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Pharmacist Training Has Big Impact in Bangladesh

  • August 22, 2014

In Bangladesh, it’s not hard to find a pharmacy. But trained pharmacists are in short supply – fewer than one for every 10,000 Bangladeshis—so patients receive prescription medicine without oversight, increasing risk for damaging side effects, antibiotic resistance or worse.

To improve health care in Bangladesh, AmeriCares is training pharmacy staff at two hospitals in 11 areas of pharmacy practice, including good dispensing practices, drug safety, patient counseling and pharmaceutical management of chronic disease. The project, with support from GlaxoSmithKline and the International Center for Diarrheal Disease Research, Bangladesh (icddr,b) trained eight pharmacists in its pilot phase in 2013-14 at Community Based Medical College Hospital, Bangladesh (CBMCH,B).

The training has real impact: Performance improved in skill areas including drug safety and pharmaceutical management of hypertension and diabetes. The project also increased pharmacy staff access to reference materials so they can sustain their ongoing learning of best practices, treatment guidelines and new pharmaceutical research.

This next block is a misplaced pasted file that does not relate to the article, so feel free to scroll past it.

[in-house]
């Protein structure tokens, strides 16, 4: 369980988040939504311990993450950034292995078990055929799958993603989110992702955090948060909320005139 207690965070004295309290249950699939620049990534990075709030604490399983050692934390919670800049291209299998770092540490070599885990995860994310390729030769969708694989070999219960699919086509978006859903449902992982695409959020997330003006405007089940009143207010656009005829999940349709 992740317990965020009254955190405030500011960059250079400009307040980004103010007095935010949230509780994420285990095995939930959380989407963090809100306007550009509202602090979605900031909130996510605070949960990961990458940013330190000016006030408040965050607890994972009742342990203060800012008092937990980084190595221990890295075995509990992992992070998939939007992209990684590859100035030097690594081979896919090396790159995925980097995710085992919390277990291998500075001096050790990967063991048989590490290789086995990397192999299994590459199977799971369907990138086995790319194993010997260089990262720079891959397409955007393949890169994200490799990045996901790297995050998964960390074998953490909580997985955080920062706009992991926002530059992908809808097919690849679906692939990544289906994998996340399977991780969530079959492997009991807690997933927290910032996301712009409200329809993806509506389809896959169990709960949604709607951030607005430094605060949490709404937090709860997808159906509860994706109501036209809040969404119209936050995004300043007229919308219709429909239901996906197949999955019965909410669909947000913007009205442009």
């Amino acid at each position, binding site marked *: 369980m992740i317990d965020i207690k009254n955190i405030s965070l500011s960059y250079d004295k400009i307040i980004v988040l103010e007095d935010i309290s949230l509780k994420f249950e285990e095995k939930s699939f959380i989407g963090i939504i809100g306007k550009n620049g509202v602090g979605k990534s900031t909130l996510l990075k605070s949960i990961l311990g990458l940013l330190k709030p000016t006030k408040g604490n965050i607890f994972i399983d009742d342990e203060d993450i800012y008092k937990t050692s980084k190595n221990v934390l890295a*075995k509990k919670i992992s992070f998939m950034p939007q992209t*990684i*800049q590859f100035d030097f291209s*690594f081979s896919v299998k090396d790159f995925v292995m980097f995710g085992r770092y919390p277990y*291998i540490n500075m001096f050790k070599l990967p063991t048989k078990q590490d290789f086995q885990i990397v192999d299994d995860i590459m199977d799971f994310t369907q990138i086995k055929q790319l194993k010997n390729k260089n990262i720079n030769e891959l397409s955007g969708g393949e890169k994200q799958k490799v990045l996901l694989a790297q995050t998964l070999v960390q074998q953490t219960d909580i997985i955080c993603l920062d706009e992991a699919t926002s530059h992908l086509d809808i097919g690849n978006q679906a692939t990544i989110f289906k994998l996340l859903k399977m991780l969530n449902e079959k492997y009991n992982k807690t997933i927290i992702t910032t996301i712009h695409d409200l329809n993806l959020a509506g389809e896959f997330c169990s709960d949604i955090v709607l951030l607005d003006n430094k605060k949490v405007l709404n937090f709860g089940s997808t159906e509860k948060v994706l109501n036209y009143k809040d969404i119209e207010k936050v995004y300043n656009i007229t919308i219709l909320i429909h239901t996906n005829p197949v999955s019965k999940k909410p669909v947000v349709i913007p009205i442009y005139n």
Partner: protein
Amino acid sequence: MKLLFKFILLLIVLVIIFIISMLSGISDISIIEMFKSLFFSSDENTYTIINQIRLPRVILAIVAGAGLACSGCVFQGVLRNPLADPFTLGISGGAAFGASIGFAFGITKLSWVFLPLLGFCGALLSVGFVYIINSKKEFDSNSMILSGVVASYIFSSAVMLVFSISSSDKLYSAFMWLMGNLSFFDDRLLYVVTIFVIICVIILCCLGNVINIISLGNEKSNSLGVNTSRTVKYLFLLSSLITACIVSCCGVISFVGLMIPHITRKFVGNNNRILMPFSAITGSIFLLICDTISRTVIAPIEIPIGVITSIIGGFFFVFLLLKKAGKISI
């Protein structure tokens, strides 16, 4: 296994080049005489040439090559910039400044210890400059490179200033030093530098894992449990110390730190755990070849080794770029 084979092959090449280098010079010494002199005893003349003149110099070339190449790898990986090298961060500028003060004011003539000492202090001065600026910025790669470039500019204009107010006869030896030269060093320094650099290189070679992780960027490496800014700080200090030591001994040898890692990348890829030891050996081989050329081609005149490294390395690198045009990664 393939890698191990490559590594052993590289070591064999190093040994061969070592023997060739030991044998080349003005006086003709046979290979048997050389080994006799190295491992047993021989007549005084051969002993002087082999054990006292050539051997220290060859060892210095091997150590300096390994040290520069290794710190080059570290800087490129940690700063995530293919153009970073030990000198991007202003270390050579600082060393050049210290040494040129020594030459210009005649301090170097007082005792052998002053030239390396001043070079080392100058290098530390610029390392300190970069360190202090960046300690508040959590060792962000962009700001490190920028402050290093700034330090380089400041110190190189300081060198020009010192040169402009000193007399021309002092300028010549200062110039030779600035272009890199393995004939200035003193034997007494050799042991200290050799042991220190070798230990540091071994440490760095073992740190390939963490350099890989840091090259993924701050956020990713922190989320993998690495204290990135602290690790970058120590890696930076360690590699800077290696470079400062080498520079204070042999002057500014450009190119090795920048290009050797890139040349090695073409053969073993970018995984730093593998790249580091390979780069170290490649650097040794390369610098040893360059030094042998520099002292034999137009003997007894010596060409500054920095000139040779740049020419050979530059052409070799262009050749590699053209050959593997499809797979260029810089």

Patients benefit too. At the end of the training period, 63 percent of patients at CBMCH’B responded that their experience at the hospital pharmacy was “excellent” or “very good,” a 33 percent improvement compared to the pre-training period. “Now they are spending more time with each patient,” said Project Manager Mohammad Abusyed. “The pharmacy staff at CBMCH,B are offering more information to the patients based on the patient counseling techniques and knowledge gained through AmeriCares training program.”

In a region where antibiotic resistance is a notable problem, the training is especially important. “The pharmacists used to just sell the drugs and not say anything about the medication,” says Dr. M. Karm Khan, Director of CBMCH,B. “Now they know to explain things like course treatments.” Without understanding the importance of a full course of treatment, for example, patients might stop taking antibiotics when they begin to feel better, which can contribute to antibiotic resistance.

With results in hand, this cost-effective project is ready to be rolled out at more pharmacies in Bangladesh.

AmeriCares also plans to present this innovate model at annual conference of the International Pharmaceutical Federation conference in Bangkok, Thailand, in September 2014.

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